It was just so scary to ditch the questions and trust the process! 

Season 2 was all about improving and finessing my interview technique and I believe as a result, my interviews are of a much higher quality. Squash Falconer even said it was one of the best interviews she’s ever had! This made me very happy. 

[Tune into Squash’s episode here: [S2E04] How to stop thinking 'I can't do that' and achieve the impossible with Squash Falconer]
Season 3 has come around and I am a much more confident interviewer. I still like to conduct some research about my guest, but I just have themes written out on a notepad that I want to cover. This has meant we have segwayed into other areas that were fascinating and it’s a much more natural conversation.

My aim with each interview is for you to feel like you’re having a coffee with us at your favourite cafe while we chat.

Rich Roll is the podcaster that I look up to and with Season 3 I hope I am edging closer to his incredible interview quality.

3. Outside the microphone

What I love about my editors Rob Lawrence and Matt Cheney is that I’m really able to push the boundaries of podcasting: 

  • I’ve recored a mini-episode in an igloo in the heart of Switzerland, and again used sounds from snowshoeing across a mountain. Listen here: [S2E17] How to be a weekend warrior with Adelaide

  • In Season 3, we’ve ripped the sounds from over 40 Instagram Stories together and vlogs to create the Isklar Norseman Xtreme Triathlon Special Episode. I’m really excited about this episode!

  • We’ve stitched together audio snippets and music from all of my female adventurer guests to create the ultimate women in adventure podcast episode for the She Xtreme Podcast Competition, which as I mentioned won the competition! This is coming soon.

  • We’ve mashed up snippets of quotes from my interviewees to create the intro for my podcast which grabs your attention and gets you feeling excited!

  • So what’s next? I’m not sure, but I would like to experiment more with sound to create a deeper experience and really immerse you in the story. If you have any ideas do send me a message to adelaide@adelaidegoodeve.com!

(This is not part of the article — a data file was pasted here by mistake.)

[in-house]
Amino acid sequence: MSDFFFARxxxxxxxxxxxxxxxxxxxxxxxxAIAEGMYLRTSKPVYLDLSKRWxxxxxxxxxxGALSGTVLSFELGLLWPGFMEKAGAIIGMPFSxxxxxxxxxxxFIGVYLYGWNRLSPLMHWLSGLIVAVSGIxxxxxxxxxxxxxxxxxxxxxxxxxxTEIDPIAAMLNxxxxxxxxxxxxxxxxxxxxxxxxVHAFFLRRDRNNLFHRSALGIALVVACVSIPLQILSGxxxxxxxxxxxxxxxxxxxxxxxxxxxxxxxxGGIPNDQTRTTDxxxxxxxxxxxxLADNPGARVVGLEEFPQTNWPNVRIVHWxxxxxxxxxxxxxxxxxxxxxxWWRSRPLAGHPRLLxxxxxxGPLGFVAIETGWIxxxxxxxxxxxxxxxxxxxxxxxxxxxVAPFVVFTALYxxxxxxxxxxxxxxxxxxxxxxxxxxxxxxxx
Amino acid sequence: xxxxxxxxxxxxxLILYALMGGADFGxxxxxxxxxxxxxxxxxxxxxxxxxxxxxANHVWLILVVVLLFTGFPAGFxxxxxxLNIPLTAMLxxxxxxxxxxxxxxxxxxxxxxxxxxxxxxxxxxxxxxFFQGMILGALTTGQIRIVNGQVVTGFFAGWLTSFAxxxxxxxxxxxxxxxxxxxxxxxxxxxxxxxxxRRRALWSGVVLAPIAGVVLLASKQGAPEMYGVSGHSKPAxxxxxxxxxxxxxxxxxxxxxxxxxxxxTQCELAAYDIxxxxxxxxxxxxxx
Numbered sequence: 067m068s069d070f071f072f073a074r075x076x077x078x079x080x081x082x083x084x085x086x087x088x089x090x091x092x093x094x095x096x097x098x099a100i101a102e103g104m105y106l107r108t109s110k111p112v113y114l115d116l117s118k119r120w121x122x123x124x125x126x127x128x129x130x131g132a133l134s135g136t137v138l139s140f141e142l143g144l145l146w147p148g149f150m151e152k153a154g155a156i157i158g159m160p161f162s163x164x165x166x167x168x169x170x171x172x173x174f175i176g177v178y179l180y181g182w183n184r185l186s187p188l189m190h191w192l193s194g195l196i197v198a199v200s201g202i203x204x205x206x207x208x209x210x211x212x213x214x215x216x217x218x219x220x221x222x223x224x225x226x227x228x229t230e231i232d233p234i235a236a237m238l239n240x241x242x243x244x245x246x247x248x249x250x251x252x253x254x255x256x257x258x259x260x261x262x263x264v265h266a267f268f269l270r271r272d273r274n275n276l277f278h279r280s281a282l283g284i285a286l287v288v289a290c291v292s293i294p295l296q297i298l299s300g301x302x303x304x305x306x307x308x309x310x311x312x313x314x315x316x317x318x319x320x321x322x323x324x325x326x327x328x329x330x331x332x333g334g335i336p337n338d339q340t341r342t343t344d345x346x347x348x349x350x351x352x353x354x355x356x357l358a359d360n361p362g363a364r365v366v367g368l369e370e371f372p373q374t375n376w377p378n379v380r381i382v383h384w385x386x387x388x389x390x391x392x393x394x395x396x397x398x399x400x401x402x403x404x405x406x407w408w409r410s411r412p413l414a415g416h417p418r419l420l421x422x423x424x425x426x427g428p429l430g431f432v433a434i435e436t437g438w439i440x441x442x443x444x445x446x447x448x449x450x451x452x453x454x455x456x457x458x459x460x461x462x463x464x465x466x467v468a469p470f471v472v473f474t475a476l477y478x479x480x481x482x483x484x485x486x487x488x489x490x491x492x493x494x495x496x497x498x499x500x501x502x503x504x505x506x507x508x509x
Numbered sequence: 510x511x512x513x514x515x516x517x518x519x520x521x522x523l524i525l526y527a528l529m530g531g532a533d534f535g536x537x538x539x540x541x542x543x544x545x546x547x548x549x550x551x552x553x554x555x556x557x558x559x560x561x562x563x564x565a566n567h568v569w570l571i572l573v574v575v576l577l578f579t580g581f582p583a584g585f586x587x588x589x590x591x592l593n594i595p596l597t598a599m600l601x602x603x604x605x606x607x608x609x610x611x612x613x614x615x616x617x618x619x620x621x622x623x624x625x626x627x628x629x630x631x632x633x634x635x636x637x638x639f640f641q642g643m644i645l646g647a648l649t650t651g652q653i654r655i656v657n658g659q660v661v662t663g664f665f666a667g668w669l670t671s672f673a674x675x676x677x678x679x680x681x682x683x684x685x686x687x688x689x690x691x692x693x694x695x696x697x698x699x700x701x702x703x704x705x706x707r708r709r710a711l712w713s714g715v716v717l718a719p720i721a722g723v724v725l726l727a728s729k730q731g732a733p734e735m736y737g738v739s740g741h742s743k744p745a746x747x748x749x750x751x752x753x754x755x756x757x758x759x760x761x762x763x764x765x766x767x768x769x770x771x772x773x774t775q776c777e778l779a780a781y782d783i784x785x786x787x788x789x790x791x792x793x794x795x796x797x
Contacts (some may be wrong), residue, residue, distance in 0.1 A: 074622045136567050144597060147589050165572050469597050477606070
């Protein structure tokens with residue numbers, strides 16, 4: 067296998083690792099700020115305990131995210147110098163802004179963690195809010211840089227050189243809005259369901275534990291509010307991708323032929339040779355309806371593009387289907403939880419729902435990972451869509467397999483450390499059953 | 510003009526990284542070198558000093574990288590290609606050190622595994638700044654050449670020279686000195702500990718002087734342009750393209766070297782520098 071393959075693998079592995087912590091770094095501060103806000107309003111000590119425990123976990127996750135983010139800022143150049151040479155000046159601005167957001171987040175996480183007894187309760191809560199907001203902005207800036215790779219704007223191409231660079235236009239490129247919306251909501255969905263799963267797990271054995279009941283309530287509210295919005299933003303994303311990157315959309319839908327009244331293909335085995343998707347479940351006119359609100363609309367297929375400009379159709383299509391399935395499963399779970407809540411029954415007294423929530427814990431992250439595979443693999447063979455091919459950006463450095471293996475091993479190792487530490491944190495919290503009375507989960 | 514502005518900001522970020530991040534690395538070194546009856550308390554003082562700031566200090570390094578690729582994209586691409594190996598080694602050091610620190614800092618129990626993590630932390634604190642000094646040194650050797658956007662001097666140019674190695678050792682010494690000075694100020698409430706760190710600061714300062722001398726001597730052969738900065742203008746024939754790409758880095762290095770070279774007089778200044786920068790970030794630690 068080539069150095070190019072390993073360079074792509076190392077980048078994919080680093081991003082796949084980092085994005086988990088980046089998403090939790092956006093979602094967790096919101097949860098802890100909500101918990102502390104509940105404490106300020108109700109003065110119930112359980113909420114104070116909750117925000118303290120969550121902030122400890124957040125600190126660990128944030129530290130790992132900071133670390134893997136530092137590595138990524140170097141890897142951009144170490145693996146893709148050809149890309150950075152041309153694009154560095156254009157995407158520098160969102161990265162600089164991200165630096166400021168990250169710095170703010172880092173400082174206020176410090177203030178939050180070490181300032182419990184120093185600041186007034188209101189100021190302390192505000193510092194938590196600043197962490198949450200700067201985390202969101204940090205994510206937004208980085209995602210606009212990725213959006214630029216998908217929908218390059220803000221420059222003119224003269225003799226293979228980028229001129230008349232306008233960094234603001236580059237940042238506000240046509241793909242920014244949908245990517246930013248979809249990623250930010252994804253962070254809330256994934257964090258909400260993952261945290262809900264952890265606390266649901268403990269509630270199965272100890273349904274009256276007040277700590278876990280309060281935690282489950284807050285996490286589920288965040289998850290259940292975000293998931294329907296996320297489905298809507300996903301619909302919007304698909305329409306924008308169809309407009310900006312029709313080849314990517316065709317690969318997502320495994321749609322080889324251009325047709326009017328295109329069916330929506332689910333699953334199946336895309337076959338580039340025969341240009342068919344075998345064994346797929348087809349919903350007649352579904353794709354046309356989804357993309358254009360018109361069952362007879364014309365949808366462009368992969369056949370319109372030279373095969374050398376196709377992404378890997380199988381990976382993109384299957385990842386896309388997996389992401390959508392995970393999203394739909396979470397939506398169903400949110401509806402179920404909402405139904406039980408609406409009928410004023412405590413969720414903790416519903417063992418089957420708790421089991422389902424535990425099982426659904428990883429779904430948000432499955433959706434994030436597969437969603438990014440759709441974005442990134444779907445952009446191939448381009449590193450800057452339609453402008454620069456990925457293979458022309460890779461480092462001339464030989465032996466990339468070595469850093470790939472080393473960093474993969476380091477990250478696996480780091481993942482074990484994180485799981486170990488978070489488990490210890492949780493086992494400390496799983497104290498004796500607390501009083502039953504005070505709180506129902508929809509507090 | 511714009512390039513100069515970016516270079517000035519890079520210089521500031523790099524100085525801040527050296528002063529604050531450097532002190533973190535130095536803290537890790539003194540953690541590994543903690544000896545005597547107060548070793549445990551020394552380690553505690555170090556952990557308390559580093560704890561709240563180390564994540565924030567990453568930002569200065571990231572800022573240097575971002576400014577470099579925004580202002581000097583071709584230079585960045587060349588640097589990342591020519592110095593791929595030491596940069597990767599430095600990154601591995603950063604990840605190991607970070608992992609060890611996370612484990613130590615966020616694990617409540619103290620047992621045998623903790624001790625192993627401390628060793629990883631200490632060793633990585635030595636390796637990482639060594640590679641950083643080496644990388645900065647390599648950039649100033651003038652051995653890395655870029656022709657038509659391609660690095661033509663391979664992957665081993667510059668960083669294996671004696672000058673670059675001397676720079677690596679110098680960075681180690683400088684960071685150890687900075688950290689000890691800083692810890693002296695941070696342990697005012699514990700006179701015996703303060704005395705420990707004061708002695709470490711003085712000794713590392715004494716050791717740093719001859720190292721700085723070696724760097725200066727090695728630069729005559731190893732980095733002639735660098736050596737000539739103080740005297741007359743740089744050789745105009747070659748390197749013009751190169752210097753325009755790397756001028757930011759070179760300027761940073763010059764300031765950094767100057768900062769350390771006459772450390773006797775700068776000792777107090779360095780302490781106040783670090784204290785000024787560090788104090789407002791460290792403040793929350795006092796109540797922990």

Why it’s no longer called The Wild Show

If you’ve been with me from the very beginning, you’ll know that it used to be called The Lilly Wild Show.

When I was really sick with severe Chronic Fatigue Syndrome, Lilly Wild was my adventurous alter ego, she had no limits. Whereas I was limited by the severe lack of energy and confined to either my house or bed most days. 

[You can listen to my story here: [S1E13] From Chronic Fatigue Syndrome to cross-country skiing across Svalbard with Adelaide Goodeve]

The Lilly Wild Show was an obvious name for my podcast when I started, as it symbolised that I was living my life to the fullest, breaking the limits my body and mind once placed on me and turning the impossible to the possible.

I decided to change the name for Season 2 to just The Wild Show. This is because I felt I had now fully shed my alter ego. I was strong and living the life I wanted to live. I also kept being called Lilly Wild, which isn’t helpful when building a person brand! 

I kept Wild in my podcast’s name, not because of the connotations with adventure, nor because I was living a wild life. But because I wanted to recognise Frank Wild: The unforgotten polar explorer, who has spent more time in the polar regions than Scott and Shackleton. 

[You can listen to Frank Wild’s story from his autobiographer here: [S1E09] Uncovering the story of one of the Greatest Polar Explorers: Frank Wild with Angie Butler]

All those years ago, Wild inspired and motivated me to fully recover when I was sick, but more than that, his mindset was resilient, strong and enabled him to weather many a storm. 

Shackleton described Wild being icy calm as they stepped off the boat having survived the perilous journey to Elephant Island in the Antarctic. The majority of their comrades were mad and delirious, but Shackleton said Wild looked as if he could be walking through Green Park in London. 

I have now changed my podcast’s name from The Wild Show to The Adelaide Podcast, because many heard Wild and assumed it was an adventure podcast. I’ve interviewed many adventurers, from Kiko Matthews and Sophie Radcliffe to Ian Finch, but the adventure simply provided a vehicle to dive into their incredible mindset.

Now my focus is on the athlete’s mindset and helping athletes, whether they’re world champions, record holders, daredevils, first-timers and amateurs, to achieve extraordinary performance. 

However, my guests have a eclectic background because I believe the mindset techniques a entrepreneur, CEO or adventure practices to enhance their mental fitness can be just as valuable to an athlete and vice versa. 

In Summary…

I’m really excited about Season 3, some of my guests are truly epic, including the CEO of Jaybird Jamie Parker and CEO of Norrøna, Jørgen Jørgensen, I also have the 2018 King and Queen of Norseman talking about triathlon and mindset, and many more awesome guests!

I’d love to hear your thoughts, podcast ideas, if there are any topics you’d like me to cover or your guest recommendations! Just send me an email to adelaide@adelaidegoodeve.com

I really hope you enjoy Season 3 as much as I’ve enjoyed having these conversations!

You might also enjoy: How to push through your limits in sport and business with Jamie Parker

Find this post interesting? Download my FREE interview with endurance athlete and scientist Olof Dallner here.